Prior research has documented environmental and economic benefits of green stormwater infrastructure (GSI); literature on GSI social benefits is also becoming more prevalent among scholars around the world. This paper aims to understand whether GSI projects are considered as assets to urban neighborhoods or as projects that might introduce a new set of social concerns. Based on field observations of 238 GSI projects and 50 intercept interviews, we investigate selected social aspects of GSI, such as project context, visual appearance, recreational appeal, meaning, and public perception, in two neighboring US cities—Philadelphia and Camden. Analysis of field data and observation notes revealed that GSI project setting impacted recreational appeal; their appearance was related to maintenance and signage; and their interaction with the public depended on location, land use, and visual/recreational appeal. Most GSI sites with the presence of trash, but the absence of signage were found in potentially disadvantaged areas. According to intercept interviews, many people were not aware of GSI presence in the neighborhood, were not familiar with GSI or its functionality, did not find a way to get access to GSI or interact with them, and were generally concerned about poor design, defective construction, or lack of maintenance. We argue that lack of information and community care/support for GSI can result in social disinvestments in these projects, which can facilitate improper use and maintenance issues, affecting their intended basic environmental functions. Consistent with prior research, we speak to the importance of participatory planning processes in improving community acceptance and interests around GSI planning and installation in urban landscapes.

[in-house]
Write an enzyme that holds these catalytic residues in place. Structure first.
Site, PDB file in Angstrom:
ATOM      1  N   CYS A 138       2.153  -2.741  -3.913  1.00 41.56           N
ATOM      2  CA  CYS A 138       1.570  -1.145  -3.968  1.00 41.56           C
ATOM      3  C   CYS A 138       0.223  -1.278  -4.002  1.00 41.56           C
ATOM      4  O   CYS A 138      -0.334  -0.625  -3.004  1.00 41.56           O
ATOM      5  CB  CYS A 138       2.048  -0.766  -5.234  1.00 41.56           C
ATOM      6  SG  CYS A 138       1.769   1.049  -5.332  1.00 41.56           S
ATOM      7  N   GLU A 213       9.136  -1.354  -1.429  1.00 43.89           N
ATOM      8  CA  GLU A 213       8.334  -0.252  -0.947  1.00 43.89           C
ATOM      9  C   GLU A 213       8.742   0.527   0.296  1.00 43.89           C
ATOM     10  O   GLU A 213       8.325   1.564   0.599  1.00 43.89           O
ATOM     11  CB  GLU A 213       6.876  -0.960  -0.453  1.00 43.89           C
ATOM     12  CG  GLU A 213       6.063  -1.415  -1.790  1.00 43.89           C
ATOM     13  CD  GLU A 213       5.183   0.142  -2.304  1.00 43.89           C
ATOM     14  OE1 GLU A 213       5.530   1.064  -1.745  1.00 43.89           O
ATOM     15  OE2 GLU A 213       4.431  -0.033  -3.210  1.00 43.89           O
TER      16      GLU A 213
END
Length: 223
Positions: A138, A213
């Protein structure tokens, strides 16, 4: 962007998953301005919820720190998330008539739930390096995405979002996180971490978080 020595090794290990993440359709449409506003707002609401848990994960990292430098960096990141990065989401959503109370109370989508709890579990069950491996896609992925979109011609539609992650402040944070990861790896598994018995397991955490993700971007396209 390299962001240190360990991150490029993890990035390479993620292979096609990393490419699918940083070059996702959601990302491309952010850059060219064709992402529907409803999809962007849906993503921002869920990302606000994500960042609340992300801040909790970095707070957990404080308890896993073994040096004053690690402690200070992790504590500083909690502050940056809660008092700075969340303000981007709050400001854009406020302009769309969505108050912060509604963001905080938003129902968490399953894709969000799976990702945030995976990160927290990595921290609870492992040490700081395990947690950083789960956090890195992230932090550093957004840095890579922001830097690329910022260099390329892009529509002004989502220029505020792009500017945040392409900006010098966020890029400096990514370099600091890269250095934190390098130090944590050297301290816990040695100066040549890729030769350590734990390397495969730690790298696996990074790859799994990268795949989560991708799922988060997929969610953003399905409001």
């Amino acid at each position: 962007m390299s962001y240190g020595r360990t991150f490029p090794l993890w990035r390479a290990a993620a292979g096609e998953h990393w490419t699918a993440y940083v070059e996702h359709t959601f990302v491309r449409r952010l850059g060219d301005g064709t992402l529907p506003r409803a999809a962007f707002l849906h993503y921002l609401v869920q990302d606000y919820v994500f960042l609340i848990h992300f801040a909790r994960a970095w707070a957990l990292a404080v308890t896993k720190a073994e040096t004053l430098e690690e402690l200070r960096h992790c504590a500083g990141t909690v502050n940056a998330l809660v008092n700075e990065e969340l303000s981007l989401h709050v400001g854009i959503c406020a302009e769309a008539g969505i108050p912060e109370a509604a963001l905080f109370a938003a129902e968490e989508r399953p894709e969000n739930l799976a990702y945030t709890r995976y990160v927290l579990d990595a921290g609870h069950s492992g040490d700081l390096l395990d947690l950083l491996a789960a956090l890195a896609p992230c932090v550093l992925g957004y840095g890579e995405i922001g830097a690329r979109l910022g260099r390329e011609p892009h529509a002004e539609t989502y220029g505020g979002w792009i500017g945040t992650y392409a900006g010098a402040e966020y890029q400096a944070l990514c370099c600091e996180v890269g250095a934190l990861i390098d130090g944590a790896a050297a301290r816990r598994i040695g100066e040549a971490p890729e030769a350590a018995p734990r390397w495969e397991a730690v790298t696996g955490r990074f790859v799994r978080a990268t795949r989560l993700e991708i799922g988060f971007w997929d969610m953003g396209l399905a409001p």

All Science Journal Classification (ASJC) codes
- Global and Planetary Change
- Nature and Landscape Conservation